SIOUX FALLS, S.D. (KELO) — Mass testing at South Dakota nursing homes may be a snapshot in time but it will provide a baseline on the coronavirus situation at those homes, the state’s Secretary of Health Kim Malsam-Rysdon said during a Department of Health news briefing.
South Dakota has 104 licensed nursing homes. Based on a 2017 DOH study, South Dakota has about 6,600 beds with at least 5,000 residents.
Mass COVID-19 testing at the nursing homes started this week. About one week ago, President Donald Trump and Vice President Mike Pence announced they’d recommend all U.S. nursing homes conduct COVID-19 testing by the end of May.
Residents of nursing homes are among the most people most vulnerable to the coronavirus.
Bethel Lutheran Home in Madison will start testing next week.
The COVID-19 testing will help determine if asymptomatic residents or staff are at the nursing home, said Bethel’s president and chief executive officer Chuck Johnson.
“Since it is possible for someone to spread COVID-19 without experiencing symptoms, testing can help to identify people who may be unknowingly carrying the virus,” Joseph Rees, DO, Avera geriatrician and Avera eCARE® Senior Care Medical Officer, said in a news release on Tuesday.
Any Avera employee who tests positive will be asked to self-isolate at home for 10 days, and any resident who tests positive will be cared for in a designated area or location that’s separate from other residents, according to the Avera news release.
Malsam-Rysdon said nursing homes need to determine how they will conduct the tests and what lab they will use to process the tests.
The DOH has an out-of-state lab that nursing homes can use if they don’t have access to a lab, Malsam-Rysdon said.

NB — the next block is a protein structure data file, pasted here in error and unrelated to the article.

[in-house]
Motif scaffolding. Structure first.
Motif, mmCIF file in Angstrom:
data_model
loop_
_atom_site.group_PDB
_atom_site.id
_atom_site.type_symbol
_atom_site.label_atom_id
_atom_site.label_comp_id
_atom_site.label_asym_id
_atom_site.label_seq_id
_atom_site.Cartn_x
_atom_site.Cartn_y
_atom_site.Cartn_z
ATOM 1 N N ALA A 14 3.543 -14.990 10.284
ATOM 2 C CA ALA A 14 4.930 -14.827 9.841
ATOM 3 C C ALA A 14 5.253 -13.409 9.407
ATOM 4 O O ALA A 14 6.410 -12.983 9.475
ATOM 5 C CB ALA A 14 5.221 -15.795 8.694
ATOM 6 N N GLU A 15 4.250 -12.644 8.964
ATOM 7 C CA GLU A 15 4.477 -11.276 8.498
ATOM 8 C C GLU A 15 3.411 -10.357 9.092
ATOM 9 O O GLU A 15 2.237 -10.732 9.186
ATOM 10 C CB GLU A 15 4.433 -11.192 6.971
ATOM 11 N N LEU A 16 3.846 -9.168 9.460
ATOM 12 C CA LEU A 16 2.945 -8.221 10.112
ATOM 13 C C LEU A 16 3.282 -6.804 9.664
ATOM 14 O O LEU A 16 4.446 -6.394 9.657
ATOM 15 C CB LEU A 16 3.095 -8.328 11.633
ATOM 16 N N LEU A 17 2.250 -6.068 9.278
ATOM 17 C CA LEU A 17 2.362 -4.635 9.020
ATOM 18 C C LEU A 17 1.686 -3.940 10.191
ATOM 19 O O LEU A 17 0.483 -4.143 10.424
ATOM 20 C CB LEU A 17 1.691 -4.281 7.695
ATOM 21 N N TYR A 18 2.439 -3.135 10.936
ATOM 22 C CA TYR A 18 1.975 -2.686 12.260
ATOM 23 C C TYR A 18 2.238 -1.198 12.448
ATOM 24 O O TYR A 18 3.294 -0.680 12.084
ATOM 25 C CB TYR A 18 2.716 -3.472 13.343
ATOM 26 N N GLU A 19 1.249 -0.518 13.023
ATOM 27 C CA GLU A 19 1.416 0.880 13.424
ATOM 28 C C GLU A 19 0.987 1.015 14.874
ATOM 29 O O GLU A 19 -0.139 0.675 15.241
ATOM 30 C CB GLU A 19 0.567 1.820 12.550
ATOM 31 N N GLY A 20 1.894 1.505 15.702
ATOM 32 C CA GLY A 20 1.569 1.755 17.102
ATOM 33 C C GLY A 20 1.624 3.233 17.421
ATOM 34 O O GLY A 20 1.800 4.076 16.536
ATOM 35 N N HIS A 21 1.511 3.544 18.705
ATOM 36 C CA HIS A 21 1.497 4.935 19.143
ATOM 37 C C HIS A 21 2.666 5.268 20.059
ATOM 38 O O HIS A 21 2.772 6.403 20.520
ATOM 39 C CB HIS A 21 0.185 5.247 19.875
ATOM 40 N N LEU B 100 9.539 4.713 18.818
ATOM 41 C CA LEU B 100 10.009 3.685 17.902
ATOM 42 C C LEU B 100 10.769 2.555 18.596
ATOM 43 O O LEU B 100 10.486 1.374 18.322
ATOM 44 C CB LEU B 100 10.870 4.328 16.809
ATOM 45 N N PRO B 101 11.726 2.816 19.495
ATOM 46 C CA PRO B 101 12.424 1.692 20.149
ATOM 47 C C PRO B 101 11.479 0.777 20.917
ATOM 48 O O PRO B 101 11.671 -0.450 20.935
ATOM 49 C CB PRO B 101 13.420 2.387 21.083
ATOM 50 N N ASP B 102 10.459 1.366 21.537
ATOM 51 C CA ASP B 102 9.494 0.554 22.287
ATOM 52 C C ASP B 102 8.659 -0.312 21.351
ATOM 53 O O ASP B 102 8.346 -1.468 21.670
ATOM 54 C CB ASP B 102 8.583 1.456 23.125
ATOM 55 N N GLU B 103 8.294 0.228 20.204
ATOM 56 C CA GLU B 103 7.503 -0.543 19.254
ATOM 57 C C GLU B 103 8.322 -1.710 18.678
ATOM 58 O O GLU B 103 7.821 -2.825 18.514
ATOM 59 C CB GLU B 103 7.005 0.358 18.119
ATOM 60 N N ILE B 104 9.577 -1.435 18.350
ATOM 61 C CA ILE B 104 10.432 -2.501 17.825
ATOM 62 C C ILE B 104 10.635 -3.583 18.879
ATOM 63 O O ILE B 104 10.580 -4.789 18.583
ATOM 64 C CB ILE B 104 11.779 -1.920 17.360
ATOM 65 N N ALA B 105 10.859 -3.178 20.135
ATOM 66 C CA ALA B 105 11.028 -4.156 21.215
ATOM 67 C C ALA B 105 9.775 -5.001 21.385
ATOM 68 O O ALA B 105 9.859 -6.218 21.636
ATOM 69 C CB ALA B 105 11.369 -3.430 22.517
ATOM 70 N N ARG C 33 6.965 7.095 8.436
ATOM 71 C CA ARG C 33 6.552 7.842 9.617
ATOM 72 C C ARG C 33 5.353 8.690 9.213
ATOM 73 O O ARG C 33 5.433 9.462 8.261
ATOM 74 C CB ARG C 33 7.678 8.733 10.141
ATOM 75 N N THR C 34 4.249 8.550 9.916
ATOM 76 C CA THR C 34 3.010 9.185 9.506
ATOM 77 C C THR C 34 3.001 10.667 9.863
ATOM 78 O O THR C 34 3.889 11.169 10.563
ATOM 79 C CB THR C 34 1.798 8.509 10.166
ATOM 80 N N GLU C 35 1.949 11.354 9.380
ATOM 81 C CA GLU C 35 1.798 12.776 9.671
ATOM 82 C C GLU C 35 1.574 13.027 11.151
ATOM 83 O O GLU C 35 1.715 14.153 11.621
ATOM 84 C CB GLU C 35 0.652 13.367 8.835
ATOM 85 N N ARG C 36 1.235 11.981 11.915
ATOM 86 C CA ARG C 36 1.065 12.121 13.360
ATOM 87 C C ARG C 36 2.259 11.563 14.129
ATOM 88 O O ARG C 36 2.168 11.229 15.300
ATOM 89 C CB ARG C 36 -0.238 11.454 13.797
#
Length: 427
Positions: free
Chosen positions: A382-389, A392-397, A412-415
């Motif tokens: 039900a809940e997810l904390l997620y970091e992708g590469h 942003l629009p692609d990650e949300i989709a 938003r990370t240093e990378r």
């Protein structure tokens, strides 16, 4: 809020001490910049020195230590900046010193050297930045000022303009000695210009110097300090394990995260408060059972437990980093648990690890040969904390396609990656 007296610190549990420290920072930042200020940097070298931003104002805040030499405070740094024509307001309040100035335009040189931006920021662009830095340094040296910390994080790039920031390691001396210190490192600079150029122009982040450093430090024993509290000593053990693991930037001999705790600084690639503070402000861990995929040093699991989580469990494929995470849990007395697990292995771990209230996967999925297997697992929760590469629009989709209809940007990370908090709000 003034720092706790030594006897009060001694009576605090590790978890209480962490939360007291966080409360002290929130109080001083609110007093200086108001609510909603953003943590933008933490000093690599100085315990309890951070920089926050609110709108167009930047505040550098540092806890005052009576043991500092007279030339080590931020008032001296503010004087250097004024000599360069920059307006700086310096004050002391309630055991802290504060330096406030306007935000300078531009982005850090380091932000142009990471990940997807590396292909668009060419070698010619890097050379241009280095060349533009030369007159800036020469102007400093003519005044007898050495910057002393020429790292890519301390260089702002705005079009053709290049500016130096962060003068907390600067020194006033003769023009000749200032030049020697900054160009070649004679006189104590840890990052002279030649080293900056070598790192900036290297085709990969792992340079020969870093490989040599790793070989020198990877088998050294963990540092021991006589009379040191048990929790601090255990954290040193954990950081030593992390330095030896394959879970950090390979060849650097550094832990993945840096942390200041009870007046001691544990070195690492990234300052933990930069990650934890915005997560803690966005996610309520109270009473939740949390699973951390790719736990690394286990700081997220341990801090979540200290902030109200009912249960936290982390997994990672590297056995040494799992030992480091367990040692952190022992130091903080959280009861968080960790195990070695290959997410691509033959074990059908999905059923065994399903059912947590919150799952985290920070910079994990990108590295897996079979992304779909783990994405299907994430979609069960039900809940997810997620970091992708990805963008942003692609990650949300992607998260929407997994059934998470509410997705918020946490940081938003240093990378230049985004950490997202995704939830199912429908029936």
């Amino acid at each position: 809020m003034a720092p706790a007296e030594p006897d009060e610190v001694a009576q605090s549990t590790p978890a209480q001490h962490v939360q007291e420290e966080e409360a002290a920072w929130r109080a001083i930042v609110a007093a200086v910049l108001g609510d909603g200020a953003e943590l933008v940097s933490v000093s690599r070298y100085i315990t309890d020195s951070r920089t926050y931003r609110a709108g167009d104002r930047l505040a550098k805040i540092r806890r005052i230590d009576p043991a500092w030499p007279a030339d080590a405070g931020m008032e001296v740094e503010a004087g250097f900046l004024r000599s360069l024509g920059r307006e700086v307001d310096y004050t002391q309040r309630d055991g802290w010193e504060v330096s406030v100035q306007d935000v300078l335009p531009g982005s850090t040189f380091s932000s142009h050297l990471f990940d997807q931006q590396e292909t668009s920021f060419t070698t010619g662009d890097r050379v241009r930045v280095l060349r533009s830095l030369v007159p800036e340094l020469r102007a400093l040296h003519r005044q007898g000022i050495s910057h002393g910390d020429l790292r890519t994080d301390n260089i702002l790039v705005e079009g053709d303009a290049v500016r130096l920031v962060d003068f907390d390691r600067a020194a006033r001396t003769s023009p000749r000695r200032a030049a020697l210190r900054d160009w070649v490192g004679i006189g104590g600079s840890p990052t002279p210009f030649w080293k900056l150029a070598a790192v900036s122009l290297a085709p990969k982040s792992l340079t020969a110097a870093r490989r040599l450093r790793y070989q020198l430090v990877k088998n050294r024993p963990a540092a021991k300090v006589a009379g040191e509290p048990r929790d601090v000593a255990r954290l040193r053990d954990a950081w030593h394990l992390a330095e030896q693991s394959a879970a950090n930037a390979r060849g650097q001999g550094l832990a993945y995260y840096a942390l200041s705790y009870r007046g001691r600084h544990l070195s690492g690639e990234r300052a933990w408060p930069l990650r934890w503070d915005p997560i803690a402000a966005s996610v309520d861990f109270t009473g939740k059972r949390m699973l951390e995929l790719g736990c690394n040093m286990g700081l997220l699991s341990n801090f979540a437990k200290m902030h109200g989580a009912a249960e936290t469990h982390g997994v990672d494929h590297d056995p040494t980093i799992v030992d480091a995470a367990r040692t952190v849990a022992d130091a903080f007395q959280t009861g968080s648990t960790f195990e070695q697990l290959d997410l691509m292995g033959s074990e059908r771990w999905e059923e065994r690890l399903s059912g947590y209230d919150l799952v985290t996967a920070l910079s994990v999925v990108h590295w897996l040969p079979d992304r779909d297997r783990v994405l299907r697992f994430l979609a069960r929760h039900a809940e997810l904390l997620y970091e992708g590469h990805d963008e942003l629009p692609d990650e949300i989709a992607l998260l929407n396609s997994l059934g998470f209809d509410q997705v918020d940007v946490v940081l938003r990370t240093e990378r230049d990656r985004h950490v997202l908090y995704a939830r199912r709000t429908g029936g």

Bethel already has a prior relationship with a lab, Johnson said.
The DOH will include the nursing home COVID-19 tests results in daily updates, Malsam-Rysdon said.
Mass testing of nursing homes can skew daily COVID-19 testing reports, for example, for percentage positive rate of all tests.
The percentage positive rate, “really does depend on how much testing is done,” Malsam-Rysdon said.
Nursing homes have already been taking daily temperatures and asking screening questions of staff and residents.
Avera says it has been conducting regular screening of staff and residents.
Johnson said the daily temperature checks and question will continue at Bethel after COVID-19 testing is done.
Malsam-Rysdon said the mass testing is a way to protect a vulnerable population in the state. When mass testing is completed the state will move on to weekly random sample testing at nursing homes, she said.
The Centers for Medicare and Medicaid Services (CMS) released recommendations May 18 for COVID-19 responses in nursing homes. CMS has been working with nursing homes on COVID-19 response since Feb. 6. The recommendations include adequate access to testing.